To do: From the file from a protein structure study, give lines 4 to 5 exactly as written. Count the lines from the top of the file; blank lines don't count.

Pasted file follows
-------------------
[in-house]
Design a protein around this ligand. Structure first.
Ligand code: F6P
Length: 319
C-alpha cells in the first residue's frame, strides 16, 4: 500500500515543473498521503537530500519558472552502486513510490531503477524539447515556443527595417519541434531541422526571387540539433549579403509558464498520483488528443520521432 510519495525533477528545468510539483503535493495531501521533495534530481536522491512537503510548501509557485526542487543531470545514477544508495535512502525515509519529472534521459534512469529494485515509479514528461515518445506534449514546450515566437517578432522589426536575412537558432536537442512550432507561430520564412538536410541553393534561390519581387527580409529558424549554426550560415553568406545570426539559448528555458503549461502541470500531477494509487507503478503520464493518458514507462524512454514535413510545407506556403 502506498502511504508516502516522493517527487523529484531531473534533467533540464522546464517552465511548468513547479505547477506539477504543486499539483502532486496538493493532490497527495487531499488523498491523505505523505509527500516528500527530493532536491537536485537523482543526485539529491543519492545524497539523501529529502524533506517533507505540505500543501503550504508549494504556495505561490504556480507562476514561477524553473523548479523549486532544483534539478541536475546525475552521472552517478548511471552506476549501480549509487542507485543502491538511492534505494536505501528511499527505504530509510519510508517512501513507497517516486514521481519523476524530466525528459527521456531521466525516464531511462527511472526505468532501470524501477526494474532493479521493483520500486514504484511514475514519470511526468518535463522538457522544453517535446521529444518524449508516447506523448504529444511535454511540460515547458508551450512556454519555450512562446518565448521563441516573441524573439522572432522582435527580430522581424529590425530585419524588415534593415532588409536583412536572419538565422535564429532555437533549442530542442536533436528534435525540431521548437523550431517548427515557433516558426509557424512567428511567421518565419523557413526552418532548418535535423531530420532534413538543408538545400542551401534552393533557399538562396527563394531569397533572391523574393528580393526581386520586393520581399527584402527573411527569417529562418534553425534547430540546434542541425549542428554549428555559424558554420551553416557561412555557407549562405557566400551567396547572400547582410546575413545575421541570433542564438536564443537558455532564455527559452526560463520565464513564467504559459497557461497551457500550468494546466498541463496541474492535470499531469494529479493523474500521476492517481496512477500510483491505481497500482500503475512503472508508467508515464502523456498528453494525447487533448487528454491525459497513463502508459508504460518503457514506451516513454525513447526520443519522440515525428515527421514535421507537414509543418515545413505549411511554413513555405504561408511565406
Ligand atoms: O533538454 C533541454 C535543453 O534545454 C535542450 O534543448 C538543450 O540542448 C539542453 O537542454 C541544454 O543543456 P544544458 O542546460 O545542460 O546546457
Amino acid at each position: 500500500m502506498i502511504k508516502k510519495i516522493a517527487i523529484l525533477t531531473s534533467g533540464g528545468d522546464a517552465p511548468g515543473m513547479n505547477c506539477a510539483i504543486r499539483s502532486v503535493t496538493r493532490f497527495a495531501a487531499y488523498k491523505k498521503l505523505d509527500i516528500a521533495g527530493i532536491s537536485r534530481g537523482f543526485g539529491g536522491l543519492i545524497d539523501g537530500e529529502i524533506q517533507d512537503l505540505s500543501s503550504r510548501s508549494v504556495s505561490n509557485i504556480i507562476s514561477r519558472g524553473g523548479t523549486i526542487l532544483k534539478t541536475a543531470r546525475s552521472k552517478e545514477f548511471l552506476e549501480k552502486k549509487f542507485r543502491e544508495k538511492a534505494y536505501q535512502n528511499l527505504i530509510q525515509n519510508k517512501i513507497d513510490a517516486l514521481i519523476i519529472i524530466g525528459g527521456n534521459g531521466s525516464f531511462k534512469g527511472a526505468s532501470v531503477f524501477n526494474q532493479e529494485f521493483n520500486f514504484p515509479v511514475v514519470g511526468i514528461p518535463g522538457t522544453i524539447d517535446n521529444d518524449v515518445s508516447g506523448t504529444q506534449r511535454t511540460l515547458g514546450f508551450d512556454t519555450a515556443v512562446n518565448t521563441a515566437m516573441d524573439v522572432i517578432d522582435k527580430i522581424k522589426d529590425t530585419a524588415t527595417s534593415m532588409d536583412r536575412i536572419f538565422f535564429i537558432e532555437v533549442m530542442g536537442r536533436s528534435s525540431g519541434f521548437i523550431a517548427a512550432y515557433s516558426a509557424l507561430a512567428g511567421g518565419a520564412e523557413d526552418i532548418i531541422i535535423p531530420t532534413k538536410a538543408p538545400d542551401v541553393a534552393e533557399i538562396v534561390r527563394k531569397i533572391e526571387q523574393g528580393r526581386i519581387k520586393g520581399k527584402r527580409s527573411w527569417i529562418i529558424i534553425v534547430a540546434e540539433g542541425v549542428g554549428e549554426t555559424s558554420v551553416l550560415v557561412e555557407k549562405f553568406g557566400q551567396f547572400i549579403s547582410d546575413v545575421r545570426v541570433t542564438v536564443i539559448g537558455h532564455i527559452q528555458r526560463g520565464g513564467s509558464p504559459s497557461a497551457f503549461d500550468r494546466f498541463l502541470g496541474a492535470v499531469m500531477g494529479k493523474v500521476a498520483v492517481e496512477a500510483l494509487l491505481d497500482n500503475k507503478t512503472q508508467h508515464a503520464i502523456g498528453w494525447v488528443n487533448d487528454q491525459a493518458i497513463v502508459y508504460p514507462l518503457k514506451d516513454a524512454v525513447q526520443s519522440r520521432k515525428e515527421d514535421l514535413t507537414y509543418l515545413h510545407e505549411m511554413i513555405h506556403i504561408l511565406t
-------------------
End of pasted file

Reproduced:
Length: 319
C-alpha cells in the first residue's frame, strides 16, 4: 500500500515543473498521503537530500519558472552502486513510490531503477524539447515556443527595417519541434531541422526571387540539433549579403509558464498520483488528443520521432 510519495525533477528545468510539483503535493495531501521533495534530481536522491512537503510548501509557485526542487543531470545514477544508495535512502525515509519529472534521459534512469529494485515509479514528461515518445506534449514546450515566437517578432522589426536575412537558432536537442512550432507561430520564412538536410541553393534561390519581387527580409529558424549554426550560415553568406545570426539559448528555458503549461502541470500531477494509487507503478503520464493518458514507462524512454514535413510545407506556403 502506498502511504508516502516522493517527487523529484531531473534533467533540464522546464517552465511548468513547479505547477506539477504543486499539483502532486496538493493532490497527495487531499488523498491523505505523505509527500516528500527530493532536491537536485537523482543526485539529491543519492545524497539523501529529502524533506517533507505540505500543501503550504508549494504556495505561490504556480507562476514561477524553473523548479523549486532544483534539478541536475546525475552521472552517478548511471552506476549501480549509487542507485543502491538511492534505494536505501528511499527505504530509510519510508517512501513507497517516486514521481519523476524530466525528459527521456531521466525516464531511462527511472526505468532501470524501477526494474532493479521493483520500486514504484511514475514519470511526468518535463522538457522544453517535446521529444518524449508516447506523448504529444511535454511540460515547458508551450512556454519555450512562446518565448521563441516573441524573439522572432522582435527580430522581424529590425530585419524588415534593415532588409536583412536572419538565422535564429532555437533549442530542442536533436528534435525540431521548437523550431517548427515557433516558426509557424512567428511567421518565419523557413526552418532548418535535423531530420532534413538543408538545400542551401534552393533557399538562396527563394531569397533572391523574393528580393526581386520586393520581399527584402527573411527569417529562418534553425534547430540546434542541425549542428554549428555559424558554420551553416557561412555557407549562405557566400551567396547572400547582410546575413545575421541570433542564438536564443537558455532564455527559452526560463520565464513564467504559459497557461497551457500550468494546466498541463496541474492535470499531469494529479493523474500521476492517481496512477500510483491505481497500482500503475512503472508508467508515464502523456498528453494525447487533448487528454491525459497513463502508459508504460518503457514506451516513454525513447526520443519522440515525428515527421514535421507537414509543418515545413505549411511554413513555405504561408511565406